Pick your battles. The longer your standoff with that chocolate-peppermint bark, the more dramatic your surrender may be. Allow yourself an occasional, sensibly sized treat. And afterward, don't feel bad, advises RealAge expert Keith Roach, MD. "Okay, you had the cookie. Now, don't beat yourself up about it," says Dr. Roach. "Because if you do, you're more likely to do something you'll really regret. Instead, actively enjoy -- and don't feel guilty about -- eating that cookie. Then, go make your home beautiful for the holidays."

Saturday, December 11, 2010

Spa day -- with spa cuisine

We spent most of the day at Chateau Elan, about an hour's drive north of Atlanta. It used to be the middle of nowhere up there but now of course the winery/hotel/golf course/spa complex has plenty of company.

We had lunch -- photos are of me and my friend Susan at table, and the crabcakes we both had -- and then our spa treatments, followed by hours of relaxation (whirlpool, sauna, lying around reading or dozing, etc.) and then a 45-minute hike on their wooded trails. We topped it off with a light tea before driving back down to Atlanta.

More Atlanta dining stories to come......

Dining in Atlanta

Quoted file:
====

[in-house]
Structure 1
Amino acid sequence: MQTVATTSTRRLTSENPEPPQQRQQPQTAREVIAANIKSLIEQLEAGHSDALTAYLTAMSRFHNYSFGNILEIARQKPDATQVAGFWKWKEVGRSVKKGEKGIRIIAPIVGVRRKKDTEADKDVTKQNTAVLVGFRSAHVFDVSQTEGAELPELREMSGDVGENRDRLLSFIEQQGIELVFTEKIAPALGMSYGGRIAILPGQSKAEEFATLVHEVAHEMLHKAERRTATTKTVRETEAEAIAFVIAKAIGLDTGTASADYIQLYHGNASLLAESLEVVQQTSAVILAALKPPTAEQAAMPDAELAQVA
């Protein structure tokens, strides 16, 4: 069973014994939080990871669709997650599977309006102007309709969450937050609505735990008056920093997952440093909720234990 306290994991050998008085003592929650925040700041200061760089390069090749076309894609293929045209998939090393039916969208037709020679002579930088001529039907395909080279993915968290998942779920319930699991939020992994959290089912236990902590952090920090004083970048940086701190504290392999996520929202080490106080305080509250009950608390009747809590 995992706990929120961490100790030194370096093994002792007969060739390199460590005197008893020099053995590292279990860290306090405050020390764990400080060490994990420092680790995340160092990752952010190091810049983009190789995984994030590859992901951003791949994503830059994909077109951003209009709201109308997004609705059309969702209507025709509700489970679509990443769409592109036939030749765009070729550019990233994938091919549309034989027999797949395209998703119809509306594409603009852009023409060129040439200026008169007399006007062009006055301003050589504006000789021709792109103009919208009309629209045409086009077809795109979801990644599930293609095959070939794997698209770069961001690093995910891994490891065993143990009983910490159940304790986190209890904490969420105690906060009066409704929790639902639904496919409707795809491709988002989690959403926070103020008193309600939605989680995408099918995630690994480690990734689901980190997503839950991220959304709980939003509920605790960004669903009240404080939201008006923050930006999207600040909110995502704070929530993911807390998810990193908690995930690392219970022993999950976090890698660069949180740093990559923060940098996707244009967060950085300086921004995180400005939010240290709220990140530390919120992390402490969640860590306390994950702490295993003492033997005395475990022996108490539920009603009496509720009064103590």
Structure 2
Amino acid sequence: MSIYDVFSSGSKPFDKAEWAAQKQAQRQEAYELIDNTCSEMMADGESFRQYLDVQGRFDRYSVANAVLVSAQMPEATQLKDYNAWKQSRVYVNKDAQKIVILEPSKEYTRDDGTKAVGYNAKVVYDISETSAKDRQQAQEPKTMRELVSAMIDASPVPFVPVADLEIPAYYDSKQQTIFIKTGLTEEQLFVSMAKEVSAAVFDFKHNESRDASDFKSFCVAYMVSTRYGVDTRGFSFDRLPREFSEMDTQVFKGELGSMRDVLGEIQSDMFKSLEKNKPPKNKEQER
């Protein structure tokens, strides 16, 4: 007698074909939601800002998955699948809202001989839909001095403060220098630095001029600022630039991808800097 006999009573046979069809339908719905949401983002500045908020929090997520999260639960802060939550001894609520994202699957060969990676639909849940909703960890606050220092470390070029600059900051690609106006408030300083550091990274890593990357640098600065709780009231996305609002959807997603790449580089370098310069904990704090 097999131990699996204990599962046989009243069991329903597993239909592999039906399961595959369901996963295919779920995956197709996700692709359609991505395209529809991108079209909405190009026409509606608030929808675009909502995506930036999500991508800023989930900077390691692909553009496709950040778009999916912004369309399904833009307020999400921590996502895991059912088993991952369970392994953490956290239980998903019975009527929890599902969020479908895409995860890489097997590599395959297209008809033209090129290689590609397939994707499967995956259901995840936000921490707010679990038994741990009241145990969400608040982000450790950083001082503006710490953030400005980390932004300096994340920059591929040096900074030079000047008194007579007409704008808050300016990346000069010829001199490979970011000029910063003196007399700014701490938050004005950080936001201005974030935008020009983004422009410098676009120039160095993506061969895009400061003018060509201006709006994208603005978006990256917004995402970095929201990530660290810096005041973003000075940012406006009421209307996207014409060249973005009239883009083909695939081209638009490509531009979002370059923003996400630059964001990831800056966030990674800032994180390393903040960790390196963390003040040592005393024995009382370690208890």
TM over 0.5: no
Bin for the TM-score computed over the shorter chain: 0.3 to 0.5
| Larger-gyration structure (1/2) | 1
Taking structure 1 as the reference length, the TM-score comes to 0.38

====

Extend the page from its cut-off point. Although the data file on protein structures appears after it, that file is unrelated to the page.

I'm in Hotlanta for the weekend, doing restaurants and a spa.

Details, and photos, coming soon!

Thursday, December 9, 2010

Healthy quick dinner: Pasta with beans and tomatoes

From the NY Times health pages this week, a version of pasta fagioli that you can make any night of the week because all the ingredients should be in most folks' pantries -- canned tomatoes, canned white (cannellini) beans, dry pasta. It's a breeze, and a palate pleaser.

Recipe: Pasta with White Beans and Tomatoes (makes 4 servings)


2 tablespoons extra virgin olive oil

1 small onion, finely chopped

2 garlic cloves, minced

1 14-ounce can chopped tomatoes, with juice

Pinch of sugar

Salt and freshly ground pepper

1 15-ounce can cannellini beans, drained and rinsed

4 sage leaves or basil leaves, cut in slivers (optional)

3/4 pound pasta, any shape

1/4 cup freshly grated Parmesan (optional)


1. Bring a large pot of water to a boil.

2. Meanwhile, heat the olive oil over medium heat in a large skillet or saucepan. Add the onion. Cook, stirring, until tender, about five minutes. Add the garlic, and stir together until fragrant, about 30 seconds. Add the tomatoes with juice and a pinch of sugar. Raise the heat slightly, and cook, stirring, until the tomatoes are bubbling vigorously. Lower the heat to medium-low, and cook gently, stirring and mashing the tomatoes often with the back of your spoon until they have cooked down into a thick, fragrant sauce, 15 to 20 minutes. Stir in the beans and the herbs, and season to taste with salt and pepper. Keep warm.